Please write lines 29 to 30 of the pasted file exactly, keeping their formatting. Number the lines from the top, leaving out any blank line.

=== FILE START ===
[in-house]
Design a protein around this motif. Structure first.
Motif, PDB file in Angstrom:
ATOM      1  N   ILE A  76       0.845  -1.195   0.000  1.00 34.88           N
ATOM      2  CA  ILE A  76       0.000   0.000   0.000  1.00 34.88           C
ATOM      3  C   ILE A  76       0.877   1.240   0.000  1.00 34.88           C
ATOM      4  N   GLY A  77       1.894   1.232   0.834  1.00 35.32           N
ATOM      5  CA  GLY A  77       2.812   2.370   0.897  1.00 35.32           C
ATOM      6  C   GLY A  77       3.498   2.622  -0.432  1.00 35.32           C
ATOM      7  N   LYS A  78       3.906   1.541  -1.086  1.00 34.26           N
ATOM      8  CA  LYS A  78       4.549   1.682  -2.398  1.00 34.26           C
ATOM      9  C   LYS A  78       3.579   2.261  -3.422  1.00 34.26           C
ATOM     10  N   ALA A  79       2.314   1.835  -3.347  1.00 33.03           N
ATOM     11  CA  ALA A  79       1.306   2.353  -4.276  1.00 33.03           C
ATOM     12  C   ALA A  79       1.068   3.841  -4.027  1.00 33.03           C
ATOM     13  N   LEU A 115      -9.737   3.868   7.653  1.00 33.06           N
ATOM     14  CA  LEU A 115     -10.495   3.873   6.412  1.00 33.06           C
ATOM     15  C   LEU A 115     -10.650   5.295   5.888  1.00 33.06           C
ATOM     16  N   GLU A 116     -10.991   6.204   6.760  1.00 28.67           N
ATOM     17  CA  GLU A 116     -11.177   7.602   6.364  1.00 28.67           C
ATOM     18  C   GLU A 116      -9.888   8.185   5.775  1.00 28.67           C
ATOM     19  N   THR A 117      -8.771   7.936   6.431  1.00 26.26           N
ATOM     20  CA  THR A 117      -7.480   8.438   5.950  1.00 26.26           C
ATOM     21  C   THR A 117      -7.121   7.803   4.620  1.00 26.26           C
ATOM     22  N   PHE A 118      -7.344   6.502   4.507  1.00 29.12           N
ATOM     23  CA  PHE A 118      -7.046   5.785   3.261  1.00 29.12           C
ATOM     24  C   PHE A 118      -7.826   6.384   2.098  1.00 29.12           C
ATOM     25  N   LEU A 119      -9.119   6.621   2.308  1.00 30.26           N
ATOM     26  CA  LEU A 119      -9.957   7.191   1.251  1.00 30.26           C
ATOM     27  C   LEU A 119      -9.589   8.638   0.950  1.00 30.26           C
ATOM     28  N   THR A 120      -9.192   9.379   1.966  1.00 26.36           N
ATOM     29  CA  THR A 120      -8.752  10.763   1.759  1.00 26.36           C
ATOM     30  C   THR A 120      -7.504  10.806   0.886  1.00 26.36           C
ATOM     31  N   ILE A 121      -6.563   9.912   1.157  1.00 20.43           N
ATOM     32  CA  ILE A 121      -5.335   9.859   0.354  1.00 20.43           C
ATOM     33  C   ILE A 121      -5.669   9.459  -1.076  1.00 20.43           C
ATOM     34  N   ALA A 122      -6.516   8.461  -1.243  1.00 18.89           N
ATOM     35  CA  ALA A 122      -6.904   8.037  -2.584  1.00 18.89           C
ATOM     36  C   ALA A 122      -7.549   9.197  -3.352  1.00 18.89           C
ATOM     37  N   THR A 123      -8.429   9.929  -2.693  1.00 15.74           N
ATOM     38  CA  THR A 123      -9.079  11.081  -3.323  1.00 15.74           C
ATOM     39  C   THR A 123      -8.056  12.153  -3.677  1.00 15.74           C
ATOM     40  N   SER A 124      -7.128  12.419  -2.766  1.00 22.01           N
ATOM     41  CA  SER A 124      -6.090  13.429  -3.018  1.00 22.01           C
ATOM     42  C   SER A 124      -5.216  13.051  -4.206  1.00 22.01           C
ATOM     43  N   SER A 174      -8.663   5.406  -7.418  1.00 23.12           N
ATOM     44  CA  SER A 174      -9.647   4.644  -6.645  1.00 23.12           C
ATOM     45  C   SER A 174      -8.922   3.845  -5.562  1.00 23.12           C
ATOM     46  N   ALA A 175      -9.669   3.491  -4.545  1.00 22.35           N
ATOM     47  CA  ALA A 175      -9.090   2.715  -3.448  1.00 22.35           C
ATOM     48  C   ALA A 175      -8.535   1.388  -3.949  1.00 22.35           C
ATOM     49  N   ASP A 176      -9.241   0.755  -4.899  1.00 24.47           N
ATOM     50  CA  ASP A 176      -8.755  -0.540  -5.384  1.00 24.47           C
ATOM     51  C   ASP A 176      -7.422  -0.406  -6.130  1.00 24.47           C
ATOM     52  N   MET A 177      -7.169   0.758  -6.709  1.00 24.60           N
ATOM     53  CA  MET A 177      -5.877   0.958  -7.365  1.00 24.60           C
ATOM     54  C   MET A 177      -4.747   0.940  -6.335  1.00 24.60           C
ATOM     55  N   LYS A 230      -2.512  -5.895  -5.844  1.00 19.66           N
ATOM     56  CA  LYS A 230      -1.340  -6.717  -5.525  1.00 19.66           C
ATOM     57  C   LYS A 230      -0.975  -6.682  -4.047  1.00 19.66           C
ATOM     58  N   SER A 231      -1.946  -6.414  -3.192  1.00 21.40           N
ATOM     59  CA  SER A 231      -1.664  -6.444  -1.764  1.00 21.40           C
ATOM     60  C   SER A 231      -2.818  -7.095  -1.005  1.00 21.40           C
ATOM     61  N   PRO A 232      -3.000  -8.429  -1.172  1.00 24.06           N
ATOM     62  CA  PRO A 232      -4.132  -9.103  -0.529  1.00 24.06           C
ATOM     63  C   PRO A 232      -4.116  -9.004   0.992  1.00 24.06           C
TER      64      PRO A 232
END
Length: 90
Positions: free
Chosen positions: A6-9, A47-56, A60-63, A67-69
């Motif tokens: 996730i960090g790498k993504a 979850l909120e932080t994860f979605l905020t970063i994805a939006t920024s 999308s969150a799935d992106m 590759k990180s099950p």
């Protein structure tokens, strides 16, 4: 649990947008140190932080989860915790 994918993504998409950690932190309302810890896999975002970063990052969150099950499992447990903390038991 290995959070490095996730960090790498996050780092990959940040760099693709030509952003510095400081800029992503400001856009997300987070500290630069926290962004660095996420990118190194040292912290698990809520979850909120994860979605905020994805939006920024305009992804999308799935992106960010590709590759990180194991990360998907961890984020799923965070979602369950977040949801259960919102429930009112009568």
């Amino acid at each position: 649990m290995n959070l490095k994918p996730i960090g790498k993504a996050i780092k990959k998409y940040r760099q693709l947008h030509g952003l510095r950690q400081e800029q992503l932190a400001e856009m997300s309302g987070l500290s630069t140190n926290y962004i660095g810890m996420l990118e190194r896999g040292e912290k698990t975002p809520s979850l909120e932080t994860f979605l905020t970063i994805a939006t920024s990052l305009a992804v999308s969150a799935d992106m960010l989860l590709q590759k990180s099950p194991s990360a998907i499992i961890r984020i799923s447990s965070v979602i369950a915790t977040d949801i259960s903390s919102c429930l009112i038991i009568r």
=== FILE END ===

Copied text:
ATOM     26  CA  LEU A 119      -9.957   7.191   1.251  1.00 30.26           C
ATOM     27  C   LEU A 119      -9.589   8.638   0.950  1.00 30.26           C